Declaration: The editor/author was called as witness to the NSW Parliamentary Inquiry, and briefly to the Coronial Inquiry after the summer 1993-4 bushfires, as a representative of the Wilderness Society in NSW.
Postscript #1 to and fro with pro logger Mr Chipman in crikey ezine this last week
Sent: Tuesday, June 05, 2007 7:27 AM
Subject: loggers court megafires with science references, rebuttal of Chipman here
Been a hard 4 weeks but flu is on the turn, thank God. If I'd gone to Gulaga I think it might have finished me but here is silver lining for you folks (of sorts, note the nihilistic twist in the tail to borrow Rod Qantok approach to ousting Jeff Kennett back in 1999, sadly it's quite true). Follow the link to get the diagrams and especially the fantastic scientific references, all credit to the original authors shown on the book cover, Woof, Taylor, Thomson legendary forest defenders of the south east 90-95. Crikey.com.au goes to abut 45,000 a-grade political demographic.
The central thesis is that landscape change via highly mechanised logging this last 40 years has stuffed the water cycle in forests making them highly prone to mega fires. It's grim allright.
Yours truly, Tom McLoughlin
----- Original Message -----
Sent: Monday, June 04, 2007 10:37 PM
Subject: Reply to Chipman: Logging causes mega bushfires
Re Mr Chipman (Comments 4th June). He makes my point: Prof Kirkpatrick presumably was so dis-satisfied with the 'flexibility' as per the quote with the first 7 years of the Tasmanian RFA logging plan that he and 99 brave colleagues wrote a political letter before the last election repudiating it. Kirkpatrick's Order of Australia in 2003 just adds weight. But it was always a trick of bad public policy isolating Tas forest when Australia generally is a vast open plain and/or desert. And redundant now as we are doing national auditing of carbon store. We also have global responsibilities beyond the shire size population of Tas. And well established science here shows that high impact mechanised logging this last 40 years has been destroying cool moist (and therefore) fire resistant closed canopy old growth forest. This is replaced with dry sclerophyl regrowth that really burns. Extrapolate this effect onto whole landscapes patchworked with 1 or 2% a year logging with a minimum 100 year canopy regrowth timeline, then turbo charge with climate change, and presto, I submit we have the root cause of frequent mega bushfires. Truth is these 1000 year old canopies will never re establish, suggesting another climate change tipping point via cyclical megafires. We really are in big doo doo. A very basic first step is keep the closed canopy upstanding, then restore moist canopy in the regrowth somehow. We would need 100 Prof Kirkpatricks to do that ie it'll never happen. Just as we won't stop the polar ice caps melting. Truly one can say in Chipman's case, to win, as he undoubtely has on forest destruction this last 10 years, is to lose. Just like Iraq. Suck it up.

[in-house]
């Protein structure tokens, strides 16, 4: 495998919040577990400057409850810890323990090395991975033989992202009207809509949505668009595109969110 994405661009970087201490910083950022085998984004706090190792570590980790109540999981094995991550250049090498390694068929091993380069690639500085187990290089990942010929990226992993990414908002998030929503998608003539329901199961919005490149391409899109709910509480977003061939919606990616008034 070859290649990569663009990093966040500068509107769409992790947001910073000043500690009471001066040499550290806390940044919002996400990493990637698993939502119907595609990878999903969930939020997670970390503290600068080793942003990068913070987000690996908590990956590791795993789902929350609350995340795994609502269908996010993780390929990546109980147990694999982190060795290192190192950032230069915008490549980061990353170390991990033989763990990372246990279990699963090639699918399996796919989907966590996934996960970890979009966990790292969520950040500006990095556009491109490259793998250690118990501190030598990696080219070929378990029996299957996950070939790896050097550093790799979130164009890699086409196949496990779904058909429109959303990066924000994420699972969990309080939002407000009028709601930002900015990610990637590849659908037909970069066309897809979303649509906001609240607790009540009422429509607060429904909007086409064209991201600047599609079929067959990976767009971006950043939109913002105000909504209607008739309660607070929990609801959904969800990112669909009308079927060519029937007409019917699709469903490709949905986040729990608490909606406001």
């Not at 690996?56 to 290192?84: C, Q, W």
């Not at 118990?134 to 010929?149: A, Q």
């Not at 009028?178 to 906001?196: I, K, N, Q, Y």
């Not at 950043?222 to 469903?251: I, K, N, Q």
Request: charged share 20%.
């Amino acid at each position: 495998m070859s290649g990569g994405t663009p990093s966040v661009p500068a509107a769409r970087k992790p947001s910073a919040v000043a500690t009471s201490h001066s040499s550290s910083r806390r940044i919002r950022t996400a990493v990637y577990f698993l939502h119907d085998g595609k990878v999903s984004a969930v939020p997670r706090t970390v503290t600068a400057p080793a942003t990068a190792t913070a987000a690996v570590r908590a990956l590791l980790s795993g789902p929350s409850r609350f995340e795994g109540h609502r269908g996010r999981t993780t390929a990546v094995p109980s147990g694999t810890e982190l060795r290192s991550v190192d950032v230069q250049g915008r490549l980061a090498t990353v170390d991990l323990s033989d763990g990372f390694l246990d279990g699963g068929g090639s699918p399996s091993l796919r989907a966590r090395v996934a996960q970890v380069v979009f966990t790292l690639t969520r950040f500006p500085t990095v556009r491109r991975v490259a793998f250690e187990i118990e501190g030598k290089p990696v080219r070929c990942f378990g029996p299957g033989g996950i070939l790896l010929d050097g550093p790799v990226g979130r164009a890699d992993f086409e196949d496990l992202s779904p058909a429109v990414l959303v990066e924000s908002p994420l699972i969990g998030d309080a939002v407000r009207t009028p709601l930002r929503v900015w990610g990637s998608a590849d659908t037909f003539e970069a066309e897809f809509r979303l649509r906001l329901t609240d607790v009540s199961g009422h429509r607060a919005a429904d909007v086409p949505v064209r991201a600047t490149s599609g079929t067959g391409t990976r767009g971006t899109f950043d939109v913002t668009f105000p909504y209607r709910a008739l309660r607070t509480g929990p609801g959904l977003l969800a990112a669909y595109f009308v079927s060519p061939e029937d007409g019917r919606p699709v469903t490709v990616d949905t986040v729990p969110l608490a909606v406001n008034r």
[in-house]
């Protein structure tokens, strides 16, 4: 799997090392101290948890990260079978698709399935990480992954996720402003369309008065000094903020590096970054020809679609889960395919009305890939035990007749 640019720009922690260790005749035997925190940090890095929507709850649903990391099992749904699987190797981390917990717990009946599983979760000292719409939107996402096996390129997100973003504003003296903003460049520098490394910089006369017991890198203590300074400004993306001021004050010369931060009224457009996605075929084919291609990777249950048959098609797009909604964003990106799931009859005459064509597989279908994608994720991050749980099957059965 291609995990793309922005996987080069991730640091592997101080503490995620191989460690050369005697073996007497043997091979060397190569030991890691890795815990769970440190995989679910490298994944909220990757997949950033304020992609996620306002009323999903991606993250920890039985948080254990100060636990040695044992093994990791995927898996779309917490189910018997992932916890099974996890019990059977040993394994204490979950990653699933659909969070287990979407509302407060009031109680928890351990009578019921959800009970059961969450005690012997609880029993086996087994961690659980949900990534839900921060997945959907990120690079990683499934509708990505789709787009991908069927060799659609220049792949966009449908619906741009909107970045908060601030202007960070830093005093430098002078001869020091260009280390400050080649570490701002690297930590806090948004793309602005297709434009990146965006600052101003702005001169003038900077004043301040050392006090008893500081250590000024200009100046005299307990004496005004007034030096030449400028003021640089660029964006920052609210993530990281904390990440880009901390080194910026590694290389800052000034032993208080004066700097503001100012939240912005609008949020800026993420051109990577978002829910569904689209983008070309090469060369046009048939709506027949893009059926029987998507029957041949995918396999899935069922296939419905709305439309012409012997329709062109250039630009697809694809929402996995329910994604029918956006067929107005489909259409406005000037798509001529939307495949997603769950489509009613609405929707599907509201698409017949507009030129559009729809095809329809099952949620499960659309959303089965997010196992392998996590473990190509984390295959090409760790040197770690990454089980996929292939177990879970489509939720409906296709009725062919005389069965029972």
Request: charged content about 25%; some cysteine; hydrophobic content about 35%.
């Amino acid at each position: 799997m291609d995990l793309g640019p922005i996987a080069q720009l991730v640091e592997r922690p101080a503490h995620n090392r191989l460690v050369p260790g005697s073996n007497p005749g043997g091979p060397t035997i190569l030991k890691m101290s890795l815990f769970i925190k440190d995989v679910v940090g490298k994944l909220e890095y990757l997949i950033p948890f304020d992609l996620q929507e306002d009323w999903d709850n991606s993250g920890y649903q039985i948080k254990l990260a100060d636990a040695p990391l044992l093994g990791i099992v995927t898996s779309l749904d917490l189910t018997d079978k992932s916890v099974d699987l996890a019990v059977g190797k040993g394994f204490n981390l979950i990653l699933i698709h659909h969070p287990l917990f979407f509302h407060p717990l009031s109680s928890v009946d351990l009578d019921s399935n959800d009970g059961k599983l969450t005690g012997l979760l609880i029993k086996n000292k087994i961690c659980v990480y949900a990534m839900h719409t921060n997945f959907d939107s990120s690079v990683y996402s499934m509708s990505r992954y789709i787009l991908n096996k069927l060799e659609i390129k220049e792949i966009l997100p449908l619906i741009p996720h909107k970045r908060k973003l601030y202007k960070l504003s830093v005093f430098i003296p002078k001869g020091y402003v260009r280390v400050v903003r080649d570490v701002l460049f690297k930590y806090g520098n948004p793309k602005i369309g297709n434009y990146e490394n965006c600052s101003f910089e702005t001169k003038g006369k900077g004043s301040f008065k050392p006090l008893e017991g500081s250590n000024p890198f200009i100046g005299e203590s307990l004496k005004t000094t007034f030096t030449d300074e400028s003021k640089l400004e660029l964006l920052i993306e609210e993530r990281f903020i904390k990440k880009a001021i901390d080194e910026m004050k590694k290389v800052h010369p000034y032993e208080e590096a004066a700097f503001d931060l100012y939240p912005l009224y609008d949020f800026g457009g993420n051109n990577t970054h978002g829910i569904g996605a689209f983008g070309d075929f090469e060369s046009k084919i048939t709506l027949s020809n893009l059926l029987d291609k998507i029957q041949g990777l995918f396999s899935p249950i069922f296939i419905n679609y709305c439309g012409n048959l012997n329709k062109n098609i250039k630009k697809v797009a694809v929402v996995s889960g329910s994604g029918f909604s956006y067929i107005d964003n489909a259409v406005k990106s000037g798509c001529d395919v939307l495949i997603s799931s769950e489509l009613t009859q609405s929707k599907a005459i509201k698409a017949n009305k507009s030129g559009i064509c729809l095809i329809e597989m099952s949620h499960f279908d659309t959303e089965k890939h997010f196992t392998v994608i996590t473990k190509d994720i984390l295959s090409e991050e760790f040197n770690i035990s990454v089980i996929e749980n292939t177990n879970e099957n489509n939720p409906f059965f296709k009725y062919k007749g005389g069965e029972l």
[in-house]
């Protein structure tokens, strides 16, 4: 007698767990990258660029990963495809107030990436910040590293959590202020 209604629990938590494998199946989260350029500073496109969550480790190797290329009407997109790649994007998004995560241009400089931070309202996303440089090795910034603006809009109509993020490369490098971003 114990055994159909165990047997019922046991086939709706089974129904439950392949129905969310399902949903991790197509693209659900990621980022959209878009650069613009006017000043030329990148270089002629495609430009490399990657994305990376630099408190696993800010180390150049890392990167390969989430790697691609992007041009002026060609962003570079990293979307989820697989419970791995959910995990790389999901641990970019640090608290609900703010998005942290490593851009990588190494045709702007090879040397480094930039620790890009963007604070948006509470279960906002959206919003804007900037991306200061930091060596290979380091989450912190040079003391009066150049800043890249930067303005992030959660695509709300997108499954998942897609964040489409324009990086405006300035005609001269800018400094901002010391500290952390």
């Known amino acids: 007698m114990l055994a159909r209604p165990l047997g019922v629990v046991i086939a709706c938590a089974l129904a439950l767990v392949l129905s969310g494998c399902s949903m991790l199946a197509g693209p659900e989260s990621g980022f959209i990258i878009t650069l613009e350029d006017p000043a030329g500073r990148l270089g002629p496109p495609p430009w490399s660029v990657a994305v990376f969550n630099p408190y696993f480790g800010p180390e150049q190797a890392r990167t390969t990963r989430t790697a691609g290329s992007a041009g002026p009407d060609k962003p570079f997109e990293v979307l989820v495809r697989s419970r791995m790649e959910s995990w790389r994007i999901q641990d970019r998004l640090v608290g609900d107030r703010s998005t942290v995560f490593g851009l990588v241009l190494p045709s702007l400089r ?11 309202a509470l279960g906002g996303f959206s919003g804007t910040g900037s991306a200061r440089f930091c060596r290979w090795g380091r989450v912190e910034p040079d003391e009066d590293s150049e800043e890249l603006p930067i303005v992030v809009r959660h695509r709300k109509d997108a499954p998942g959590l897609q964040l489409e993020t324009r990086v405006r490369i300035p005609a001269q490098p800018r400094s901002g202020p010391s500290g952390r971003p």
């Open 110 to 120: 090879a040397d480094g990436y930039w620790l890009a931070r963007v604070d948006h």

Tom McLoughlin, ecology action Australia